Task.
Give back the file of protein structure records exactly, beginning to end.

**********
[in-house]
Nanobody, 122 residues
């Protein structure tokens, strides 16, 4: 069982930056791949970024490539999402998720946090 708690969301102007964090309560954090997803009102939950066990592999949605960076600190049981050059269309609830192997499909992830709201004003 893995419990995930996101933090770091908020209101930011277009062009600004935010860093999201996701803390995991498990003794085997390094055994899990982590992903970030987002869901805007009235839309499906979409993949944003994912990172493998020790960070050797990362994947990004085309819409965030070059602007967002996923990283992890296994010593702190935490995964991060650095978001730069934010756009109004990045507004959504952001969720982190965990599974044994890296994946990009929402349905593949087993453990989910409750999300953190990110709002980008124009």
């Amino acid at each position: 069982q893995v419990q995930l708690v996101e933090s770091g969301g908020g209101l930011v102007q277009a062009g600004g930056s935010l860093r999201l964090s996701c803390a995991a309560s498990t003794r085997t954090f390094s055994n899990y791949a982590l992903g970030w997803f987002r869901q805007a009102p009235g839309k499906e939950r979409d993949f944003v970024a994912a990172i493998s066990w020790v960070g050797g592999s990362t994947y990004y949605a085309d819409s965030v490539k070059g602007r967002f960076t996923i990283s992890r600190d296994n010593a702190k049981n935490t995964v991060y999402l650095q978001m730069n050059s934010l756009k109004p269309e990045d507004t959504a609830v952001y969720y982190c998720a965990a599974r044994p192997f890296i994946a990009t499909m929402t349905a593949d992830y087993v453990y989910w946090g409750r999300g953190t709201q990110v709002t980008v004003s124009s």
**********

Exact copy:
[in-house]
Nanobody, 122 residues
């Protein structure tokens, strides 16, 4: 069982930056791949970024490539999402998720946090 708690969301102007964090309560954090997803009102939950066990592999949605960076600190049981050059269309609830192997499909992830709201004003 893995419990995930996101933090770091908020209101930011277009062009600004935010860093999201996701803390995991498990003794085997390094055994899990982590992903970030987002869901805007009235839309499906979409993949944003994912990172493998020790960070050797990362994947990004085309819409965030070059602007967002996923990283992890296994010593702190935490995964991060650095978001730069934010756009109004990045507004959504952001969720982190965990599974044994890296994946990009929402349905593949087993453990989910409750999300953190990110709002980008124009």
């Amino acid at each position: 069982q893995v419990q995930l708690v996101e933090s770091g969301g908020g209101l930011v102007q277009a062009g600004g930056s935010l860093r999201l964090s996701c803390a995991a309560s498990t003794r085997t954090f390094s055994n899990y791949a982590l992903g970030w997803f987002r869901q805007a009102p009235g839309k499906e939950r979409d993949f944003v970024a994912a990172i493998s066990w020790v960070g050797g592999s990362t994947y990004y949605a085309d819409s965030v490539k070059g602007r967002f960076t996923i990283s992890r600190d296994n010593a702190k049981n935490t995964v991060y999402l650095q978001m730069n050059s934010l756009k109004p269309e990045d507004t959504a609830v952001y969720y982190c998720a965990a599974r044994p192997f890296i994946a990009t499909m929402t349905a593949d992830y087993v453990y989910w946090g409750r999300g953190t709201q990110v709002t980008v004003s124009s």